US carmaker Ford and Japan’s Toyota have launched experimental car sales websites in three regions of Canada. Run in conjunction with local dealerships, the sites could become templates for the auto giants’ global sales strategies.

Web pages for product and other information are common to all auto manufacturers, but Canadian consumers can use the Toyota and Ford sites to compare competitive brands, select the model and options they want, get a price for their trade-in vehicle, arrange financing and place an order through a participating dealer.

Canucks who have tried the websites seemingly like the concept. Says Kathryn Tessier, a 38-year-old chiropractor from Brandon, Manitoba: "I'm not a haggler, and I don't like to feel that I'm being taken advantage of. This way, there's a bottom-line price – it’s the same deal for everyone."

According to Miss Tessier, an attractive feature is the facility to see how different options affected the total price, drawing her to a Toyota Solara coupe instead of a convertible - her original choice. She was also easily able to compare financing options before taking a test drive at a local dealer. "I had to see the car," she said, "I just couldn't order it over the internet."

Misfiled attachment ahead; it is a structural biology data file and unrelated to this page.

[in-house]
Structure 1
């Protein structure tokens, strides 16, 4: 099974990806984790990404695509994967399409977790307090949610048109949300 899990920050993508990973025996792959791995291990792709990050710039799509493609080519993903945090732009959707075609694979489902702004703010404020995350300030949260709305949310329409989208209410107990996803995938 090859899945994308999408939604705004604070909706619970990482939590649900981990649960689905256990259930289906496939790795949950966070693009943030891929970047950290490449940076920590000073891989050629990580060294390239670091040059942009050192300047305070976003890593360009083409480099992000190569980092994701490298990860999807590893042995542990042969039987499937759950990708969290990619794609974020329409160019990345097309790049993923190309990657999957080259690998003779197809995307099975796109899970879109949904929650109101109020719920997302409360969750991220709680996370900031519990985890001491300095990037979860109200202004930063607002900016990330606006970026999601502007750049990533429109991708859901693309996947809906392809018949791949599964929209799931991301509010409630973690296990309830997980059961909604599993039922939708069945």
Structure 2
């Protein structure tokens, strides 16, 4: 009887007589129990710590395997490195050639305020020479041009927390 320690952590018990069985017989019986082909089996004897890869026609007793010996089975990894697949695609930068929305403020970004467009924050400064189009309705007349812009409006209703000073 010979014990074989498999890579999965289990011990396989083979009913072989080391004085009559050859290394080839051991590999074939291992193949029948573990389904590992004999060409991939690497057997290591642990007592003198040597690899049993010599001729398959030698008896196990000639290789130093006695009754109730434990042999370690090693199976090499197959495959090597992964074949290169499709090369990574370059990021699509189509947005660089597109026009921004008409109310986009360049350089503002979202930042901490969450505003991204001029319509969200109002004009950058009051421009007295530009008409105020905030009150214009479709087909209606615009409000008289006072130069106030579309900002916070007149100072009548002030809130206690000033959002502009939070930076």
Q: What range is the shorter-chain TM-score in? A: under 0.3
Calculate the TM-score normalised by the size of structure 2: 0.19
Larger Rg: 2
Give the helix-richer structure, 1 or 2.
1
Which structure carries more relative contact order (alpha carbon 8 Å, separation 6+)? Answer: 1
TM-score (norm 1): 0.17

Canada is seen as an apt test market. Its citizens spend as much time on the internet as do Americans, but are more reticent online shoppers. And over eighty percent say they dislike haggling over price. The Ford and Toyota sites eliminate the latter, with participating dealers offering “discounted or competitive market prices”.

The Toyota site is slated to extend nationally in the fall. Toyota Motor Sales USA has begun a similar test project in the Seattle-Tacoma area.

News source: New York Times